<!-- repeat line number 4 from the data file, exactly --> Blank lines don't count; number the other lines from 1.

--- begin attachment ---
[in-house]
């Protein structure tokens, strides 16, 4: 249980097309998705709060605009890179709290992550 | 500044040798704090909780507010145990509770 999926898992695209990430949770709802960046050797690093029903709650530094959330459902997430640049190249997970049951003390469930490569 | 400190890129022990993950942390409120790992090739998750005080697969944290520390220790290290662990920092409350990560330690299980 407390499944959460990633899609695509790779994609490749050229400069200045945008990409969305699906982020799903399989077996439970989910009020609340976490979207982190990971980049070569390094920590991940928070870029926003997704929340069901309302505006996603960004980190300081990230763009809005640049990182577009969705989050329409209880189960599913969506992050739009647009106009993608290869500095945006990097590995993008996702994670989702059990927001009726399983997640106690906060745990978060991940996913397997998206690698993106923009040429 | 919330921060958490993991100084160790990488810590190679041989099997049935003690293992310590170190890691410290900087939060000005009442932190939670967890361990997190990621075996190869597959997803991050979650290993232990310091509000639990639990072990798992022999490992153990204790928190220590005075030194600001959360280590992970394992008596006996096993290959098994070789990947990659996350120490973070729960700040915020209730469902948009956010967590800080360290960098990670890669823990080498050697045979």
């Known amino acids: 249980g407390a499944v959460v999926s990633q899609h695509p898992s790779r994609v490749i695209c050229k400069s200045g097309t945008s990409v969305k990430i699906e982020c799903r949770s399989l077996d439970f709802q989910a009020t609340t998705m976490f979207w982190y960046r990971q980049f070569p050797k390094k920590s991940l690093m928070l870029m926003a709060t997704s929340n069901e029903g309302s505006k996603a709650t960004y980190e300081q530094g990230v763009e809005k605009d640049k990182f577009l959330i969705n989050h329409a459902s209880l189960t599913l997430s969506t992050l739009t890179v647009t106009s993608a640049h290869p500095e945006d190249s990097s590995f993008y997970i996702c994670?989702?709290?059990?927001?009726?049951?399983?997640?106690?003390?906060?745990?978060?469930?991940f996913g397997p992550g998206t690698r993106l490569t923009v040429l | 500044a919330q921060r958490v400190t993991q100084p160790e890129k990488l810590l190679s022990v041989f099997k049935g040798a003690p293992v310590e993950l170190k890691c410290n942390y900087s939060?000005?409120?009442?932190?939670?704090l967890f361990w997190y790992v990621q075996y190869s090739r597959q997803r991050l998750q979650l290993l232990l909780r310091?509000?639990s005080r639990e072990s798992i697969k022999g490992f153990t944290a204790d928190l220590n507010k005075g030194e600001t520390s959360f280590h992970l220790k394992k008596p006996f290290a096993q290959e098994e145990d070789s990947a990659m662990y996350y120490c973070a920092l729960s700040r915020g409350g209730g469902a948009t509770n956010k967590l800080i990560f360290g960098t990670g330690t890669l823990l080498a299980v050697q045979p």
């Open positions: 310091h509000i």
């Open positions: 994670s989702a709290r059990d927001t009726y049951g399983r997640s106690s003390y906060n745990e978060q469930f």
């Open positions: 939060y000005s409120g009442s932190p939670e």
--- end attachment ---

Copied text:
């Open positions: 310091h509000i």